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Drugs Recommended to Clear Heart Arteries

Bypass no better for most having elective vascular surgery

WEDNESDAY, Dec. 29, 2004 (HealthDayNews) -- A new study finds that for most people undergoing elective vascular surgery on the lower legs or aorta, fixing the heart first with a bypass or other procedure yields no better results than using drugs.

These findings, reported in the Dec. 30 issue of the New England Journal of Medicine, led the authors to conclude that bypass and related procedures should not be used among people with stable cardiac symptoms.

"There's no survival benefit of an up-front strategy of fixing the heart," said study author Dr. Edward O. McFalls, director of cardiac research at the VA Medical Center in Minneapolis. "Medical therapy has evolved in the past 30 years and may be protective, and it may be a better therapy because it prevents the [elective] surgery from being delayed."

"What we're learning more and more is that we need to treat patients who have vascular disease with aggressive preventive and medical therapy, and that's lifestyle and great medicines. Those are the treatments that probably have the most profound impact on trying to help reduce sudden catastrophic events like strokes and heart attacks," added Dr. Kim Eagle, co-author of an accompanying editorial and clinical director of the University of Michigan Cardiovascular Center in Ann Arbor. "Interestingly, we're using our interventional therapies when the symptoms justify it . . . so, in a way, the two types of strategies have to be complementary."

People with blocked arteries are at the highest risk for complications when undergoing surgery. The question has been how to best prepare these individuals for surgery: to treat them before the surgery with a bypass procedure or a balloon angioplasty or to avoid an extra procedure and stick with medication. Thus far, there has been no consensus among experts on the issue.

"Since we know that surgery is stressful on the heart, if a patient has significant coronary artery blockages, how do we best deal with that if they have to go through a stressful vascular operation," Eagle said.

"It's either fixing the heart before the major operation or providing just medical therapy," McFalls added.

Elective vascular surgery does not have to take place immediately, giving the cardiologist options to take other measures to repair the heart, McFalls explained. While not urgent, it is deemed necessary for patients to improve both their long-term survival odds and their quality of life.

This study involved 510 men with stable coronary artery disease who were at an increased risk for cardiac complications related to surgery. While waiting for elective major vascular surgery on their aortas or lower legs, all participants were randomly assigned to undergo either revascularization or no revascularization.

Revascularization meant either percutaneous coronary intervention (opening up one of the blood vessels leading to the heart to restore blood flow) or coronary artery bypass grafting (inserting a detour around the blockage). No revascularization participants were treated with drugs such as statins and beta blockers.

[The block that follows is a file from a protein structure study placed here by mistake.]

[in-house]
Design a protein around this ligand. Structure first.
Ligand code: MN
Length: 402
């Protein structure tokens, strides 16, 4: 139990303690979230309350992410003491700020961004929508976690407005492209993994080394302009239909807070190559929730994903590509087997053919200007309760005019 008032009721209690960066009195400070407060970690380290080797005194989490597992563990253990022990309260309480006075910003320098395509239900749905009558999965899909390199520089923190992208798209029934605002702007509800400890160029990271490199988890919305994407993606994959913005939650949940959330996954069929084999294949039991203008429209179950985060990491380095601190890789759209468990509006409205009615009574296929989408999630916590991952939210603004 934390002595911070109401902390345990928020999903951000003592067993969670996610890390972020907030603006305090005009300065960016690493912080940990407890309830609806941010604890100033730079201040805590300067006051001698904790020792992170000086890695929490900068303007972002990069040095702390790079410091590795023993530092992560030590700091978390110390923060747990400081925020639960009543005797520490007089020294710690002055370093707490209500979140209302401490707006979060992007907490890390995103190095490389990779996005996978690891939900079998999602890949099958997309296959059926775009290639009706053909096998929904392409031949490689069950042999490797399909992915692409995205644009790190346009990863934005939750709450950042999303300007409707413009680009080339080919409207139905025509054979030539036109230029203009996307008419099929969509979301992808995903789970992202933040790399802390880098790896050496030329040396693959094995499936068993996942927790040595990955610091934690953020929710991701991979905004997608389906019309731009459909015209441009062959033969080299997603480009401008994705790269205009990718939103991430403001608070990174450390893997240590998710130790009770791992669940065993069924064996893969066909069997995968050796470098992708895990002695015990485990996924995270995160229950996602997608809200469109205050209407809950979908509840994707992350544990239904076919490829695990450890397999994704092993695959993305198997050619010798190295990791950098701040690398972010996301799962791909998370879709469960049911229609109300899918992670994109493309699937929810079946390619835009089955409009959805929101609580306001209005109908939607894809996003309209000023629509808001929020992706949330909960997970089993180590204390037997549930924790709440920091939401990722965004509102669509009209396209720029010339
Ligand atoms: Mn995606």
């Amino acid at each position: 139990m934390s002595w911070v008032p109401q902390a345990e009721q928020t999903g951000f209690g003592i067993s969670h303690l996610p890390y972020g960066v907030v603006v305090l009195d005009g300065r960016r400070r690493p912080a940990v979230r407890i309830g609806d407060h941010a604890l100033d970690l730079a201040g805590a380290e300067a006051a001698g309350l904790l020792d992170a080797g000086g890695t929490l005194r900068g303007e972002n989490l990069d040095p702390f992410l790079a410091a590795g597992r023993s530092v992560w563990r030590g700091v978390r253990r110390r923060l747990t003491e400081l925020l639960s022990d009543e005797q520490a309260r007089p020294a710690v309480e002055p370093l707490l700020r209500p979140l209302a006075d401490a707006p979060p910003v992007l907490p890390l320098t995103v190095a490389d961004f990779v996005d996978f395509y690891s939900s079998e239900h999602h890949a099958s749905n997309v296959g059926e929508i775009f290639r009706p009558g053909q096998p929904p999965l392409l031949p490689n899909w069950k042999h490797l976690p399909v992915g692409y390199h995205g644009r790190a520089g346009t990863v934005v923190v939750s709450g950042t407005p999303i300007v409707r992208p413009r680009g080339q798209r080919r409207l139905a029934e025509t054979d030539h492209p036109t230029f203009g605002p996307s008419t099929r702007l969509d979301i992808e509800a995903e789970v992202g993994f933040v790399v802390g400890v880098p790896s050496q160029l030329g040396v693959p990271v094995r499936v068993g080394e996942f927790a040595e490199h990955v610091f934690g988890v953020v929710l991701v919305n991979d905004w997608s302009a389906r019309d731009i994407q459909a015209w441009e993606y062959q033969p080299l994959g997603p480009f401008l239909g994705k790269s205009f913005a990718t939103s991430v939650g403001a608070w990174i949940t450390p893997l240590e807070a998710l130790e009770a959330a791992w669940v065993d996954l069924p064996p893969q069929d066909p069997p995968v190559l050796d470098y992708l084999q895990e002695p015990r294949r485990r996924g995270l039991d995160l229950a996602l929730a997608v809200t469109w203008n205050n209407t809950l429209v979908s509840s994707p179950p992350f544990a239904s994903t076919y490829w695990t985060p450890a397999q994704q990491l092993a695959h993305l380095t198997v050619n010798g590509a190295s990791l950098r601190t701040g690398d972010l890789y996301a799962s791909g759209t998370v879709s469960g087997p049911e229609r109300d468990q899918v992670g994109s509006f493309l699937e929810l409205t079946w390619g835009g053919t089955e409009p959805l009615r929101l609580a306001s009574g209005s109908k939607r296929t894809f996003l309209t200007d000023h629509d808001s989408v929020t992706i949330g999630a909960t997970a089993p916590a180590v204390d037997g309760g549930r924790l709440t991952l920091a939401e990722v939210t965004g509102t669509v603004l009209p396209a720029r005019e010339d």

One-third of the participants needed an operation to bypass a blockage in the aorta, while the other two-thirds needed a bypass of the lower extremities because of pain, McFalls said.

Individuals in the revascularization group ended up waiting about 54 days until surgery, three times longer than those in the no-revascularization group.

After 2.7 years, the death rate among both groups was essentially similar: 22 percent in the revascularization group and 23 percent in the other group. In addition, within 30 days of the vascular operation, 12 percent in the revascularization group and 14 percent in the no-revascularization group had had heart attacks.

"The benefit to that type of approach was not any greater than using really excellent medical therapy to try to protect the heart during and after surgery," Eagle said.

McFalls felt that the findings were likely to have an immediate impact on clinical practice.

Eagle, however, felt there was a danger in over-generalizing the results. "They studied a very select group of patients which had been carefully screened beforehand," he pointed out. The participants in the study did not have unstable symptoms, had not suffered recent heart attacks, and did not have a blockage in the left main coronary artery, where bypass is generally recommended.

"Extending those conclusions to anybody and saying this shows you don't have to worry about coronary artery disease, just treat them with medicines, that would be a mistake," Eagle said.

More information

The National Heart, Lung, and Blood Institute has more on coronary artery disease.

SOURCES: Edward O. McFalls, M.D., Ph.D., professor, medicine, University of Minnesota, and director, cardiac research, VA Medical Center, Minneapolis; Kim Eagle, M.D., clinical director, University of Michigan Cardiovascular Center, Ann Arbor; Dec. 30, 2004, New England Journal of Medicine
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